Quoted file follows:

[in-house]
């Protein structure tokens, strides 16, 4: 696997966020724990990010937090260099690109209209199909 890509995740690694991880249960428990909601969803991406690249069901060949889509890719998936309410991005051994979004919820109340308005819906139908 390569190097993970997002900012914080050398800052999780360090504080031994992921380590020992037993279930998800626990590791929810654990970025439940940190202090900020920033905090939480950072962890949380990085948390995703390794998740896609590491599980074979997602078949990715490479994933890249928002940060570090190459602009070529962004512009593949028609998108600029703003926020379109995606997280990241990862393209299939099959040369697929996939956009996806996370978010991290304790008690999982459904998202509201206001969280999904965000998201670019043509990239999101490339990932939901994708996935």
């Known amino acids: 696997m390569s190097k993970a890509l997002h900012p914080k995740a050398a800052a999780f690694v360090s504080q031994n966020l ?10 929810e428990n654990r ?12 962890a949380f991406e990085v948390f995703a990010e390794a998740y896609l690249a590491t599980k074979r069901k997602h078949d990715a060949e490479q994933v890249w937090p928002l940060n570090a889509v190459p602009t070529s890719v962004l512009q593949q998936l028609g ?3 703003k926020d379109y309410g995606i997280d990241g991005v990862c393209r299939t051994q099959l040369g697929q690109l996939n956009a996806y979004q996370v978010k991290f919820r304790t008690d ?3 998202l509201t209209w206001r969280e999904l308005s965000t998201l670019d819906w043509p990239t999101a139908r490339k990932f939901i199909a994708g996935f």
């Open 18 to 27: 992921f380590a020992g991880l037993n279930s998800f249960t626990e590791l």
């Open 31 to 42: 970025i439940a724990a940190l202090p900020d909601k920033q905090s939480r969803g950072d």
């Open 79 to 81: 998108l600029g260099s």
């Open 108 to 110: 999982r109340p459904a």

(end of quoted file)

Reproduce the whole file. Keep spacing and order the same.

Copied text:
[in-house]
């Protein structure tokens, strides 16, 4: 696997966020724990990010937090260099690109209209199909 890509995740690694991880249960428990909601969803991406690249069901060949889509890719998936309410991005051994979004919820109340308005819906139908 390569190097993970997002900012914080050398800052999780360090504080031994992921380590020992037993279930998800626990590791929810654990970025439940940190202090900020920033905090939480950072962890949380990085948390995703390794998740896609590491599980074979997602078949990715490479994933890249928002940060570090190459602009070529962004512009593949028609998108600029703003926020379109995606997280990241990862393209299939099959040369697929996939956009996806996370978010991290304790008690999982459904998202509201206001969280999904965000998201670019043509990239999101490339990932939901994708996935």
């Known amino acids: 696997m390569s190097k993970a890509l997002h900012p914080k995740a050398a800052a999780f690694v360090s504080q031994n966020l ?10 929810e428990n654990r ?12 962890a949380f991406e990085v948390f995703a990010e390794a998740y896609l690249a590491t599980k074979r069901k997602h078949d990715a060949e490479q994933v890249w937090p928002l940060n570090a889509v190459p602009t070529s890719v962004l512009q593949q998936l028609g ?3 703003k926020d379109y309410g995606i997280d990241g991005v990862c393209r299939t051994q099959l040369g697929q690109l996939n956009a996806y979004q996370v978010k991290f919820r304790t008690d ?3 998202l509201t209209w206001r969280e999904l308005s965000t998201l670019d819906w043509p990239t999101a139908r490339k990932f939901i199909a994708g996935f």
């Open 18 to 27: 992921f380590a020992g991880l037993n279930s998800f249960t626990e590791l």
């Open 31 to 42: 970025i439940a724990a940190l202090p900020d909601k920033q905090s939480r969803g950072d």
């Open 79 to 81: 998108l600029g260099s």
């Open 108 to 110: 999982r109340p459904a």